“The new exhibits tell the stories of the Daniel J. Morrell (Lake Huron, 1966) and the Carl D. Bradley (Lake Michigan, 1958), both of which were very dramatic shipwrecks and had survivors (only one survivor on the Morrell) to relate what actually happened.”

The stories of these ships will surely add to the depth of knowledge in the museum, which covers Native American history of the area to early scuba diving and the wreck of the Edmund Fitzgerald.

Great Lakes Shipwreck Museum
photo via Krissy Schwab

Visit the Great Lakes Shipwreck Museum at Whitefish Point

Start your visit with a viewing of the 20-minute Discovery Channel film “Mystery of The Edmund Fitzgerald,” which perfectly prepares you to view the rest of the museum mindful of the men and their families whose tragic losses are depicted in the stunning exhibits of the main Shipwreck Museum Building. Here, the SS Edmund Fitzgerald’s ship’s bell is displayed, along with models of it and other major ships lost in the Great Lakes. Artifacts from each wreck are displayed alongside news stories and personal accounts from the people involved; towering over the entire display is a massive second-order Fresnel lens from the White Shoal lighthouse.

Elsewhere on the museum’s large grounds is the 1861 Lightkeeper’s Quarters, which shows what life was like for the keepers of the Whitefish Point Light during its 150-year history. This light is still an active United States Coast Guard light and is the oldest continually operating light on Lake Superior. Access to the modern-day light itself is not allowed due to the high voltages used to power it, but you can peek up the wrought-iron spiral staircase that keepers have used for almost 150 years to tend the light.

The history of surfboat rescues on the Lakes and of the United States Lifesaving Service is depicted in the 1923 Surfboat House, and there is an excellent gift store, which provides much-needed funds to maintain and improve the museum exhibits. You can round off your visit by stretching your legs on the sandy beach, gazing over the waters that are the commercial heart of the Great Lakes region but which have claimed so many lives.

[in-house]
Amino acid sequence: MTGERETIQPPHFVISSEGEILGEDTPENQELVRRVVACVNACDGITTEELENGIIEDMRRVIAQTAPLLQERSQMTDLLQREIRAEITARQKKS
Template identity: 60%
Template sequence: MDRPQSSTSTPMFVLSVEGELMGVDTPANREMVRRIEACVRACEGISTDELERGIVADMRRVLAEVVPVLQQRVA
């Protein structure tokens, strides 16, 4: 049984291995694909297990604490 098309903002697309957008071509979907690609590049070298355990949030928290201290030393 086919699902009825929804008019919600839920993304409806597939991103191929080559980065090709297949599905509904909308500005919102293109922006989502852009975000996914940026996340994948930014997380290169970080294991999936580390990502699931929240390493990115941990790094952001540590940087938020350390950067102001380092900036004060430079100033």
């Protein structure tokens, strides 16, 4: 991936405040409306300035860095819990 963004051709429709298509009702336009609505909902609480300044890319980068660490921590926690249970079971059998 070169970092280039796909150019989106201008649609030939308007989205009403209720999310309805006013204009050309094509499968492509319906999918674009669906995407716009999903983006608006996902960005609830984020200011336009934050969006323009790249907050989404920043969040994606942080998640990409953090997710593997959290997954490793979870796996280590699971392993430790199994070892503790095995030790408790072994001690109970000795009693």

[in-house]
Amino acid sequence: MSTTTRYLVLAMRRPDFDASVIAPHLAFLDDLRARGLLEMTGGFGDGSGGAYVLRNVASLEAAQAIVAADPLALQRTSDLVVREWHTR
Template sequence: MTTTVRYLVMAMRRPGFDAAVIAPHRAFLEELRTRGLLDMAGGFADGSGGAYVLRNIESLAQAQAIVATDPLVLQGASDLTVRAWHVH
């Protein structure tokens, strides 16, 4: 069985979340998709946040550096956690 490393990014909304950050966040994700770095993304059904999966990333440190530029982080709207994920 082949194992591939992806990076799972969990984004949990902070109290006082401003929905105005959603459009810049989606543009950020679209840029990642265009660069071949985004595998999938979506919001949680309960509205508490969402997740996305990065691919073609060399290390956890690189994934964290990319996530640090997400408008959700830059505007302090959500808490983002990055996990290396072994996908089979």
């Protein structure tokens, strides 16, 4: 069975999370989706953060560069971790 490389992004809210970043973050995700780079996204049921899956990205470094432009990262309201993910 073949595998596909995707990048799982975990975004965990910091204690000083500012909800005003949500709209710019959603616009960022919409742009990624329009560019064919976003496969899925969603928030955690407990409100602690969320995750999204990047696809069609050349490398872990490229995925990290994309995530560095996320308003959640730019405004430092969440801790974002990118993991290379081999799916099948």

The Great Lakes Shipwreck Museum at Whitefish Point is open from May 1 – October 31 and admission, donation, and upcoming event information are available on their website. Many family rates and discounts are available, and there are plenty of group and educational programs available, including an overnight experience program for smaller groups.

“Does any one know where the love of God goes
when the waves turn the minutes to hours?
The searchers all say they’d have made Whitefish Bay
if they’d put fifteen more miles behind ‘er.
They might have split up or they might have capsized;
they may have broke deep and took water.
And all that remains is the faces and the names
of the wives and the sons and the daughters.”
– Gordon Lightfoot, The Wreck of the Edmund Fitzgerald, 1976

Great Lakes Shipwreck Museum
photo via shipwreckmuseum.com

It’s easy to spend an entire day at Whitefish Point whether you explore the museum, search for agates on the beach, or just watch the freighters go by.  Just be careful though – even in the middle of July, Lake Superior’s water is ice cold!

Thanks to Krissy Schwab and Anthony Rodgers for contributing to this article.